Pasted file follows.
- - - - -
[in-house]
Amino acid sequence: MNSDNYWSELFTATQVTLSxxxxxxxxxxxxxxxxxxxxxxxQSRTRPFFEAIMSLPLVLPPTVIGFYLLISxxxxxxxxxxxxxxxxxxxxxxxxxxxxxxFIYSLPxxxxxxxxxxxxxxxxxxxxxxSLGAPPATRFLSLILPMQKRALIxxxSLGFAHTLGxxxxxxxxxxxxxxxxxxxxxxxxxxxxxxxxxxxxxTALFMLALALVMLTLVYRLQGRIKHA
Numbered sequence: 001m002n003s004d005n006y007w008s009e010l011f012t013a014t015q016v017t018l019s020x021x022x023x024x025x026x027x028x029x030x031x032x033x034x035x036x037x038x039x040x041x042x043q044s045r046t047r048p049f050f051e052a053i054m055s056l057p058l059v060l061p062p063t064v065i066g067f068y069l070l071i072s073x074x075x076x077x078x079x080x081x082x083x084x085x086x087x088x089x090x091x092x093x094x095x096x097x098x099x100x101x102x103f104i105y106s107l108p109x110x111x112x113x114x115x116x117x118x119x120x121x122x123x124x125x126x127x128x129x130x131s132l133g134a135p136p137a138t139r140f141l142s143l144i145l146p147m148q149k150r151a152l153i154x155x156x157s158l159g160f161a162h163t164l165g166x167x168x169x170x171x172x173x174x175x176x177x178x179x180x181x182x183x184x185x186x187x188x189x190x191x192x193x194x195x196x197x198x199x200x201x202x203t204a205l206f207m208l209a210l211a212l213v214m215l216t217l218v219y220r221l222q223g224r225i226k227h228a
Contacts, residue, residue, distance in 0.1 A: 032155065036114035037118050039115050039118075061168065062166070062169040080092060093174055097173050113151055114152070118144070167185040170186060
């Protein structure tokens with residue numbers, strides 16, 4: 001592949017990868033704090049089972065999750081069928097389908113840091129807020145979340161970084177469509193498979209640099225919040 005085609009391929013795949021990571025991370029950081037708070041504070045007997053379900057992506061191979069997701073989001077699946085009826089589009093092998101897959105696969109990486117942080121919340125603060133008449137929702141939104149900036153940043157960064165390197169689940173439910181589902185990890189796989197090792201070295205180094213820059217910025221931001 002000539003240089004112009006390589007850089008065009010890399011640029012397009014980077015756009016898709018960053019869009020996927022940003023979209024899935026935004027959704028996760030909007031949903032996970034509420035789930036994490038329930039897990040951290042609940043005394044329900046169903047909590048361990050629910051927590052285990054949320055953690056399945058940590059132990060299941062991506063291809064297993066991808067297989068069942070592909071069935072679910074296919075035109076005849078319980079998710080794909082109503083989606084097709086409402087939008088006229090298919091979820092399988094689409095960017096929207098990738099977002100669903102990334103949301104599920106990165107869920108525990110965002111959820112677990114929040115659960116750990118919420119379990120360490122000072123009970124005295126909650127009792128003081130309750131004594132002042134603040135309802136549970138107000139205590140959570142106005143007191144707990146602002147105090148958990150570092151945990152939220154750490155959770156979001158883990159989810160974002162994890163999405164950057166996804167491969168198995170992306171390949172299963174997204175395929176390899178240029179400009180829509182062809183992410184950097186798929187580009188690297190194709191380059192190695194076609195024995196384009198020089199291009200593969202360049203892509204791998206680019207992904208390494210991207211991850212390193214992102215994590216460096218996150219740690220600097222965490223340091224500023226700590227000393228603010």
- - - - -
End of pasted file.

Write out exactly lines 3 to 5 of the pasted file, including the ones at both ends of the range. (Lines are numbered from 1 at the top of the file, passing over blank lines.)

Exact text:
Numbered sequence: 001m002n003s004d005n006y007w008s009e010l011f012t013a014t015q016v017t018l019s020x021x022x023x024x025x026x027x028x029x030x031x032x033x034x035x036x037x038x039x040x041x042x043q044s045r046t047r048p049f050f051e052a053i054m055s056l057p058l059v060l061p062p063t064v065i066g067f068y069l070l071i072s073x074x075x076x077x078x079x080x081x082x083x084x085x086x087x088x089x090x091x092x093x094x095x096x097x098x099x100x101x102x103f104i105y106s107l108p109x110x111x112x113x114x115x116x117x118x119x120x121x122x123x124x125x126x127x128x129x130x131s132l133g134a135p136p137a138t139r140f141l142s143l144i145l146p147m148q149k150r151a152l153i154x155x156x157s158l159g160f161a162h163t164l165g166x167x168x169x170x171x172x173x174x175x176x177x178x179x180x181x182x183x184x185x186x187x188x189x190x191x192x193x194x195x196x197x198x199x200x201x202x203t204a205l206f207m208l209a210l211a212l213v214m215l216t217l218v219y220r221l222q223g224r225i226k227h228a
Contacts, residue, residue, distance in 0.1 A: 032155065036114035037118050039115050039118075061168065062166070062169040080092060093174055097173050113151055114152070118144070167185040170186060
């Protein structure tokens with residue numbers, strides 16, 4: 001592949017990868033704090049089972065999750081069928097389908113840091129807020145979340161970084177469509193498979209640099225919040 005085609009391929013795949021990571025991370029950081037708070041504070045007997053379900057992506061191979069997701073989001077699946085009826089589009093092998101897959105696969109990486117942080121919340125603060133008449137929702141939104149900036153940043157960064165390197169689940173439910181589902185990890189796989197090792201070295205180094213820059217910025221931001 002000539003240089004112009006390589007850089008065009010890399011640029012397009014980077015756009016898709018960053019869009020996927022940003023979209024899935026935004027959704028996760030909007031949903032996970034509420035789930036994490038329930039897990040951290042609940043005394044329900046169903047909590048361990050629910051927590052285990054949320055953690056399945058940590059132990060299941062991506063291809064297993066991808067297989068069942070592909071069935072679910074296919075035109076005849078319980079998710080794909082109503083989606084097709086409402087939008088006229090298919091979820092399988094689409095960017096929207098990738099977002100669903102990334103949301104599920106990165107869920108525990110965002111959820112677990114929040115659960116750990118919420119379990120360490122000072123009970124005295126909650127009792128003081130309750131004594132002042134603040135309802136549970138107000139205590140959570142106005143007191144707990146602002147105090148958990150570092151945990152939220154750490155959770156979001158883990159989810160974002162994890163999405164950057166996804167491969168198995170992306171390949172299963174997204175395929176390899178240029179400009180829509182062809183992410184950097186798929187580009188690297190194709191380059192190695194076609195024995196384009198020089199291009200593969202360049203892509204791998206680019207992904208390494210991207211991850212390193214992102215994590216460096218996150219740690220600097222965490223340091224500023226700590227000393228603010």